In 2010, Thomas Bartow, MD, FACP, finally ran out of excuses.
You Might Also Like
- Rheumatologist Dr. Richard Meehan Discusses Tour of Medical Duty in Gulf War, Iraq War
- Veteran Rheumatologist Dr. Raymond Scalettar Recounts 60 Years of Practice, Growth of Specialty
- Arthritis Advocacy Spotlights the Military: Veterans, including a rheumatologist, educate lawmakers about arthritis’ impact & the need for research funding
Explore This IssueDecember 2017
Also By This Author
Ever since high school, he had wanted to join the military. But too many things got in the way—like attending medical school at State University of New York at Stony Brook.
After graduation in 1980, he performed his residency in internal medicine at Rush-Presbyterian-St. Luke’s Medical Center in Chicago from 1980–83. He served on the school’s faculty as an internist for the next two years and completed his rheumatology fellowship at Johns Hopkins School of Medicine, Baltimore, between 1985 and 1990. Then he moved to Wisconsin to join the Marshfield Clinic as a rheumatologist, where he has remained ever since.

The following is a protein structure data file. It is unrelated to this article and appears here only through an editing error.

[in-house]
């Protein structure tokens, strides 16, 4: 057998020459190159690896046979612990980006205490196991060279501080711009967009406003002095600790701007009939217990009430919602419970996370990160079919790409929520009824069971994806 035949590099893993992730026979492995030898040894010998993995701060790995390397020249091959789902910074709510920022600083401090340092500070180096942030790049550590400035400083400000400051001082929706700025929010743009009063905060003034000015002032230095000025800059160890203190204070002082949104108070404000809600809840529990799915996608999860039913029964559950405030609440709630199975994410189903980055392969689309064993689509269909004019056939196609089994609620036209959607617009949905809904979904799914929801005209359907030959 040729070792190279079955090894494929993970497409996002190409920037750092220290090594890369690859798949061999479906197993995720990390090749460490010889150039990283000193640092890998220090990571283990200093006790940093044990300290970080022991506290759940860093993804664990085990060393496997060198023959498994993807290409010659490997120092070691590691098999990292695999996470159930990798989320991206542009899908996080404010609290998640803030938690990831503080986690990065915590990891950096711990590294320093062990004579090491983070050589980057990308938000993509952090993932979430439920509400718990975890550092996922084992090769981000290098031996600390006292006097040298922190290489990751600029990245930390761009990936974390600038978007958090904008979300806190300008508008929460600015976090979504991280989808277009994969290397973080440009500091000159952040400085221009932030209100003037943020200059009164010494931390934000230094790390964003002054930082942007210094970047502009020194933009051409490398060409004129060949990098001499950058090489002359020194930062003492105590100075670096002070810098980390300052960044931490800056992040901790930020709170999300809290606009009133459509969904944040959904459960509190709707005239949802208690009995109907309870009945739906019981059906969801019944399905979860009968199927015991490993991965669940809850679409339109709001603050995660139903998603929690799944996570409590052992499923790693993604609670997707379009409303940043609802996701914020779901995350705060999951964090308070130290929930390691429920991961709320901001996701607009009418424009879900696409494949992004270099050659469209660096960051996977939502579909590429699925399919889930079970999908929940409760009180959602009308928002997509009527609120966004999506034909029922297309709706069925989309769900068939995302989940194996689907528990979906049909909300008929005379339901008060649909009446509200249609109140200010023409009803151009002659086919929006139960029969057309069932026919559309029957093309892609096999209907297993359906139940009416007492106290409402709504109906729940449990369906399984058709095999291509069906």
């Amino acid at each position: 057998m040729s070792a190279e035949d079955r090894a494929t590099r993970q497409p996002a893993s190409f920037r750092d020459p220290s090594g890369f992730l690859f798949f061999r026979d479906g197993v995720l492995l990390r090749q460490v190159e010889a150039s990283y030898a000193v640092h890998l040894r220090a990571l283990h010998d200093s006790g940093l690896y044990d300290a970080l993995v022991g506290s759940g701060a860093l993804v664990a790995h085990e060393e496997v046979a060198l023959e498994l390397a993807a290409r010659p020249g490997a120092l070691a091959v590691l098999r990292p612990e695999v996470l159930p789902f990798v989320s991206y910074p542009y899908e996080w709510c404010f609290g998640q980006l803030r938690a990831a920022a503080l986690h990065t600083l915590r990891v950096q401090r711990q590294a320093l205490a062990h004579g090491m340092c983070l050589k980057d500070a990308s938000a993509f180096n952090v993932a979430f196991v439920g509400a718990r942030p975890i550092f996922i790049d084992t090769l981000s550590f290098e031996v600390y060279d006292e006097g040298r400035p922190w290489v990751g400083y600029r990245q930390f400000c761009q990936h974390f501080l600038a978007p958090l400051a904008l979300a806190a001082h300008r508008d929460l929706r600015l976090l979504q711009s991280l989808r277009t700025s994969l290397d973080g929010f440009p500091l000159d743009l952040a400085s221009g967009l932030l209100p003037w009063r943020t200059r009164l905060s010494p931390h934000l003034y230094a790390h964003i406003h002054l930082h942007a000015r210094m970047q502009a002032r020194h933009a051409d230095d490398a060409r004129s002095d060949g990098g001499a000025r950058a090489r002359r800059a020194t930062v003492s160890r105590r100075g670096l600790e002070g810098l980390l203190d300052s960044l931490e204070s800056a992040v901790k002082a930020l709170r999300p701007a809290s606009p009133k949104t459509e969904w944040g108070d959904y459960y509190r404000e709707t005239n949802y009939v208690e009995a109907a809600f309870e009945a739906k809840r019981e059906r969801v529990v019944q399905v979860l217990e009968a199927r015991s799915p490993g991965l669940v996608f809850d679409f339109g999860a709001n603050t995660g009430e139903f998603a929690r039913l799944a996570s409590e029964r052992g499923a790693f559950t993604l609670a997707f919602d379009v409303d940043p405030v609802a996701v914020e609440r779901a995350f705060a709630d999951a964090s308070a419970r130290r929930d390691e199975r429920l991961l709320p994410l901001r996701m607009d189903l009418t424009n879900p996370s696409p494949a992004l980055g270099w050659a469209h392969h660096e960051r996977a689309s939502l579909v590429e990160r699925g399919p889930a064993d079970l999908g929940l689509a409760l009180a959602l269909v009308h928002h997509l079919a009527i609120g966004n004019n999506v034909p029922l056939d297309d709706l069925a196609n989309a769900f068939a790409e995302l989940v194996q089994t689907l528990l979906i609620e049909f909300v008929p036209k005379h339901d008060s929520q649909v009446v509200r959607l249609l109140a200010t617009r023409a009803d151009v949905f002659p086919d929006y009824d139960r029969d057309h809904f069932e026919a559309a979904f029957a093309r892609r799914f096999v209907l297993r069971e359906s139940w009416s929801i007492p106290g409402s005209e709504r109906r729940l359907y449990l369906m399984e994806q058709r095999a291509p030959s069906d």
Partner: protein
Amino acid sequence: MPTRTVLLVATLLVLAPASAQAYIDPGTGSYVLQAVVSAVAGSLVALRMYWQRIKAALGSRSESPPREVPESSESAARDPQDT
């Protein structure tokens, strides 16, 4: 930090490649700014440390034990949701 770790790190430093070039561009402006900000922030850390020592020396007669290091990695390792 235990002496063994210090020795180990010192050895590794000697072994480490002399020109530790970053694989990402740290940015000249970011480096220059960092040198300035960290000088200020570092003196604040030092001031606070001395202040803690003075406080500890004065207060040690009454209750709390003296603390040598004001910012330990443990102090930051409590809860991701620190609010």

While pursuing his medical education and career, he married Rebecca, an ophthalmologist, and together, they raised five children. When his kids grew older and moved out on their own, his excuses came to an abrupt halt. His desire to join the military was as strong as ever. So in 2010, when he was 55 years old, Dr. Bartow joined the U.S. Navy Reserve as a Lieutenant Commander and has since been promoted to the rank of Commander.
Dr. Bartow says his experiences in military medicine have been rewarding and “amazingly fun.” More importantly, he says, volunteering has allowed him to fulfill a lifelong passion of serving his country.
“Usually, the military doesn’t take people [older than] 42,” says Dr. Bartow. “They don’t want old geezers; however, they make an exception for doctors, because they’re hard to get.”
For nearly eight years, Dr. Bartow has spent one weekend each month training with other doctors, corpsmen and allied health staff at the Great Lakes Naval Station in Chicago, a five-hour drive from his home. Another two weeks each year is spent on active duty at Naval bases around the country.
He explains that the Navy provides medical and chaplain support to the U.S. Marine Corps, which is part of the Department of the Navy, although no Marine likes to admit it. Most of his assignments between 2011 and 2016 involved working with a Marine Corps unit based at Great Lakes, and the remainder was with the Navy at the same base.